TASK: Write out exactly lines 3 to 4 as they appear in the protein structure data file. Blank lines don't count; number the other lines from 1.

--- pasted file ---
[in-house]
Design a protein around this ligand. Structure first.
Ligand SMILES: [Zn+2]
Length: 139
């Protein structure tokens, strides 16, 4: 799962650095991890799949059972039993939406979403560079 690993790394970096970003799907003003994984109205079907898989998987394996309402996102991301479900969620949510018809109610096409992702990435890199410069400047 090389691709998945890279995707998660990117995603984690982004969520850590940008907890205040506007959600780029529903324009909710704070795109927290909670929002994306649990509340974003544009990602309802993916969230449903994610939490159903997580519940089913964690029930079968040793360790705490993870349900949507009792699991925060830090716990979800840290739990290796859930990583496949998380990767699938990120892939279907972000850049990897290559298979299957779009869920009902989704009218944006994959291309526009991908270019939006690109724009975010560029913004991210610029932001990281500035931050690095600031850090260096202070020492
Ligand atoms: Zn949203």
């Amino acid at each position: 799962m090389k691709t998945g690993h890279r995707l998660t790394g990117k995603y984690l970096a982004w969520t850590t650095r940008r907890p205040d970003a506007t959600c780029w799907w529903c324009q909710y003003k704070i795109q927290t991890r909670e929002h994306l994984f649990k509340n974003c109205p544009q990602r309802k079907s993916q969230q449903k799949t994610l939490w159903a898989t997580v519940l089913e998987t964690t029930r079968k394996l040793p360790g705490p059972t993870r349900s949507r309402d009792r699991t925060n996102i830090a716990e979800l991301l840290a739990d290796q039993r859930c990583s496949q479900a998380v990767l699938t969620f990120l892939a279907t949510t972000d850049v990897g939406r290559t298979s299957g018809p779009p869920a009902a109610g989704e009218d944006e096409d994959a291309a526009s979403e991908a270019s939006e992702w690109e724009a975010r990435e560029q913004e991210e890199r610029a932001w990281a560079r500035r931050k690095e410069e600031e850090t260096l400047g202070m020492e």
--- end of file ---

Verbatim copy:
Ligand SMILES: [Zn+2]
Length: 139